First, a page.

This post is especially exciting to me! This girl is going to change some lives :).
Erica kindly agreed to share her story. She blogs at Edible Attitudes.
When I reflect on my childhood, I don’t remember a long period of time when I didn’t have some type of aliment. I never dealt with anything life threatening but everything was cumulative and seemly unconnected.
My first health problem was at the age of six months old when I had my first infection. Between the ages of two and three I was on continuous antibiotics because the ear infections would not go away. I began to notice environmental and food sensitivities to lactose, dust, pollen, and certain plants. In fourth grade, I began to have problems with my joints, specifically my ankles.
Seventh grade was when things began to rapidly spiral downwards. It started with my knees and ankles causing me a lot of pain. At the time I assumed it was because I am a softball catcher. But soon the joint inflammation spread and caused me to be in pain on a daily basis and everyday tasks were more difficult.
By the start of my sophomore year of high school, only 3 years later, I developed tendinitis in both knees and elbows, multiple fingers, left wrist, and right bicep.
My journey has taken a lot of work and sacrifice! I started seeing a functional medicine doctor in 2011 and was taken off gluten, dairy, corn, MSG, sugar, and soy. I took supplements that helped manage the joint inflammation. This helped a little bit but I still struggled with pain and multiple other health problems. I was frustrated and ready to change my diet again if necessary. I started the GAPS Intro Diet in November of 2012 with my mom and brother. This led to my first large and noticeable change in the joint inflammation. A few months prior I had developed a deep stabbing bone pain in my foot and within the first month of starting the GAPS Diet, it was gone. My knees also felt better and I could catch longer before having joint pain. Although GAPS was clearly helping, I still had pain, numerous other health problems, and couldn’t reintroduce foods without a flare up.
In April 2013, I was instructed by my doctor to remove salicylates from my diet because I had developed a sensitivity. My diet was limited to about 20 foods for four months.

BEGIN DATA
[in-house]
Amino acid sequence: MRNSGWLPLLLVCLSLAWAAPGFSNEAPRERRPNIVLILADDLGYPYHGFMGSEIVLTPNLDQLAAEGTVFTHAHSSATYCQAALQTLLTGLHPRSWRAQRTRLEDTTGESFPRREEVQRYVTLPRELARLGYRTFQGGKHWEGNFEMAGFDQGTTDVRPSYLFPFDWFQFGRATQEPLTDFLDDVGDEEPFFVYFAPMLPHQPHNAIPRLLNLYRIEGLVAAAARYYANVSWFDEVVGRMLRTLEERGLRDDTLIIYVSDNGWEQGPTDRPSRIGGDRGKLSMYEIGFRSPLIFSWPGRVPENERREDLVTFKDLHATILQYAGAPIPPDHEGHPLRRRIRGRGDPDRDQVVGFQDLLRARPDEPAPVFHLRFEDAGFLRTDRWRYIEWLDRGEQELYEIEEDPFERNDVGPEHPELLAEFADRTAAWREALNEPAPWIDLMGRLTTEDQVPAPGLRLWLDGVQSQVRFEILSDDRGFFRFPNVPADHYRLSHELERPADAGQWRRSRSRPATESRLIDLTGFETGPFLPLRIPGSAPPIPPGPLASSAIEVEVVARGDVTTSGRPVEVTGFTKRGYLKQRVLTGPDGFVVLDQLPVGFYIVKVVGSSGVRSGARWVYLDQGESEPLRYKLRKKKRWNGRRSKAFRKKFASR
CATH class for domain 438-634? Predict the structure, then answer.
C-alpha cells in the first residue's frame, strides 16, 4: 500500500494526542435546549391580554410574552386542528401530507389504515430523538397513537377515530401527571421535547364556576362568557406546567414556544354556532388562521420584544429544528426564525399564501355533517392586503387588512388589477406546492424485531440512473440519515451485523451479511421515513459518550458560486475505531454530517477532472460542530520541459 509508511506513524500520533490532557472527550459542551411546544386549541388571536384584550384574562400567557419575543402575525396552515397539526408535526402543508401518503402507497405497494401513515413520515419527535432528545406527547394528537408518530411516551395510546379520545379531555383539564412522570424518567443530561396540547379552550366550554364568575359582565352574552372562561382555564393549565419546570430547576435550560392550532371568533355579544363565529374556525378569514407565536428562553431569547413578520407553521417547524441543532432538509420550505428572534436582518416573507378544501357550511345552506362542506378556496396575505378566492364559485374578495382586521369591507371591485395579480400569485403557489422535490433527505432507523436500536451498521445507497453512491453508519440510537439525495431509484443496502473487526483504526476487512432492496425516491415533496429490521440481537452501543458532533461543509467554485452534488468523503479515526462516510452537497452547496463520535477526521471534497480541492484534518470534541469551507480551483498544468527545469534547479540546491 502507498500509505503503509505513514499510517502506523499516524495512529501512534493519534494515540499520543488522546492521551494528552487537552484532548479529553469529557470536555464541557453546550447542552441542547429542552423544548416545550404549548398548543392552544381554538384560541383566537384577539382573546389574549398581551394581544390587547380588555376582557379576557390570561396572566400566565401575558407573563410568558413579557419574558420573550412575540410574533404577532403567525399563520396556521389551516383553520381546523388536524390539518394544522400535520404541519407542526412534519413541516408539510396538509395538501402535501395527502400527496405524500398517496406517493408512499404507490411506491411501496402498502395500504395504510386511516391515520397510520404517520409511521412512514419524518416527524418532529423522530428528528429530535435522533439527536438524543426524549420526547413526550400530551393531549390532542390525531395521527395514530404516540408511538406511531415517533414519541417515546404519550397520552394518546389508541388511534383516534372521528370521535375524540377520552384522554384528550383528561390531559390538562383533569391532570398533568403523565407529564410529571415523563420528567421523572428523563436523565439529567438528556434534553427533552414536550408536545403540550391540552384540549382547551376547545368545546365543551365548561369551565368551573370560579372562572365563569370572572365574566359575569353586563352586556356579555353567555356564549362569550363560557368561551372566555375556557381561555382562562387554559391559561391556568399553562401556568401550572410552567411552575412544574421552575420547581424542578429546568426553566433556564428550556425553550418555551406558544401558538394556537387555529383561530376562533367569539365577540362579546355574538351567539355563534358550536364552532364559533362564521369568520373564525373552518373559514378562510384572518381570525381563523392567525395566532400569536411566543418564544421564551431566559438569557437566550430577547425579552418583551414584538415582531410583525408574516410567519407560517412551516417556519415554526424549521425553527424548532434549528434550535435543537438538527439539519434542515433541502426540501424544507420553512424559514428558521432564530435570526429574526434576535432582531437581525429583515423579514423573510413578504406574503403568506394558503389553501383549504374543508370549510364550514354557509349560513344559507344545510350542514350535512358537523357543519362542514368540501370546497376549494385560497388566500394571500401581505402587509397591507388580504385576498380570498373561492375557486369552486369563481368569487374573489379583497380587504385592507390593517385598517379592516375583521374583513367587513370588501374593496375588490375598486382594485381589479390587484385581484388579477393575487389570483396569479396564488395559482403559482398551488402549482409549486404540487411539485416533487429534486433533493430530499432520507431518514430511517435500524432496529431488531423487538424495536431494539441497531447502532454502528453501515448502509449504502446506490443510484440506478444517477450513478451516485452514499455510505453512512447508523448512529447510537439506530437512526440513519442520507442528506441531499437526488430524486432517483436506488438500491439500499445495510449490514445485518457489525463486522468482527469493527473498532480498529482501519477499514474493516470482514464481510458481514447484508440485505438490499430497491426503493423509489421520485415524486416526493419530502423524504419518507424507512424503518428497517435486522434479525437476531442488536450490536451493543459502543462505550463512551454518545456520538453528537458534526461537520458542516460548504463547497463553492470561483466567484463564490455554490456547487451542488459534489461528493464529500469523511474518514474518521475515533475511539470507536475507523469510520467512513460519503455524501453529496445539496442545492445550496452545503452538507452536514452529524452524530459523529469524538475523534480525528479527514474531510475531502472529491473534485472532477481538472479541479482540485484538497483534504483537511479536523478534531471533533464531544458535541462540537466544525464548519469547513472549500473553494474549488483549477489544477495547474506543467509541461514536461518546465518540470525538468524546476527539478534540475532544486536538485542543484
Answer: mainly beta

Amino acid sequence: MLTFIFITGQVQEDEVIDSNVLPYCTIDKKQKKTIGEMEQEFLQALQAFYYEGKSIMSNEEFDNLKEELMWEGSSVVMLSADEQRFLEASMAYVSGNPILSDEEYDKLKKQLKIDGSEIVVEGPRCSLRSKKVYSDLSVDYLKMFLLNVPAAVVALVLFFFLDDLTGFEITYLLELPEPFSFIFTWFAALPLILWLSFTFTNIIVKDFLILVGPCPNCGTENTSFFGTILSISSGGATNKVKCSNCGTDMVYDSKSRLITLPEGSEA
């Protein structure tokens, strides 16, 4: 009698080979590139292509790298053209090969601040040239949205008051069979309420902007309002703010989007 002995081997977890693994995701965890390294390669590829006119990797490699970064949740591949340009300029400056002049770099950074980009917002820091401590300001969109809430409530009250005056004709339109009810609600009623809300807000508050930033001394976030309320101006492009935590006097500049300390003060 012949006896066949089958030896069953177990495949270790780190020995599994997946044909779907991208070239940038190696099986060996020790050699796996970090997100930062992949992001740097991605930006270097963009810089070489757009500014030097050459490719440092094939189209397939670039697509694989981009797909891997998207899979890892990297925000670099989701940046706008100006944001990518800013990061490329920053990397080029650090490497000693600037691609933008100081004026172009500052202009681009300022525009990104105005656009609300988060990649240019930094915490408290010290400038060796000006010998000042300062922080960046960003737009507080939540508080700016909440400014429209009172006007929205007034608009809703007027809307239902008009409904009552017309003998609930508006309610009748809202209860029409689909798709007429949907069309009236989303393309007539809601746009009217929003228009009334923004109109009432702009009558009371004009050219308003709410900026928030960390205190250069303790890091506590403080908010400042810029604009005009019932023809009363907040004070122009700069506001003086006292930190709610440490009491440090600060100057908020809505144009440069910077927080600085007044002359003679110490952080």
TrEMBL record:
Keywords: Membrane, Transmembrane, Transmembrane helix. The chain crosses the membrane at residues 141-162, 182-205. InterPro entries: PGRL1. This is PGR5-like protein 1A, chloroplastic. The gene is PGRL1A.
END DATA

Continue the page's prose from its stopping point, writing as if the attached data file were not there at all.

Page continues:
It was hard, really hard at times, but it was totally worth it. In only a few weeks all my pain was gone. Completely gone for the first time in five years! I am 17 now and a senior in high school and am proud to say that I am free of joint inflammation. This spring and summer I played my first pain free softball seasons in five years. I no longer dread walking up and down stairs or biking or using a scissors or bending down to pick something up. Daily tasks aren’t painful anymore.
I assumed that the biggest change from modifying my diet would be physical, but it has actually been a mental transformation. I have learned to have perseverance, discipline, and self-motivation. I took responsibility for my health. It is not my parents’ responsibility to micro-manage everything I eat and do, it’s my body and I learned to step up and care for it. I have also learned life long lessons such as, people’s opinions shouldn’t matter to me. I know why I am changing my diet. I know that it works and that is enough for me.
I still have a restrictive diet because I am still working through other health problems, but I have been able to reintroduce salicylates without joint inflammation returning.
If I hadn’t been encouraged by my mom to change my diet and if I hadn’t taken responsibility, I can’t imagine how different my life would be now. Hardly anything about taking ownership of your health is easy, but it so worth it when you start to feel better and have a better quality of life.
If this sounds like you or someone you know and would like to read my whole story, you can purchase my book, A Teenager’s Perspective on Food Restrictions: A Practical Guide to Keep from Going Crazy. (Kindle version)
This post was shared on Healing with Food Friday.
A lot of people are suddenly claiming to have food allergies or sensitivities. Do you ever wonder why?
I work in public school. Every year the list of students with life threatening food allergies grows bigger! When I was a kid, I knew only two people with food allergies the entire time I was growing up. (Some studies confirming the increase in food allergies, here and here.)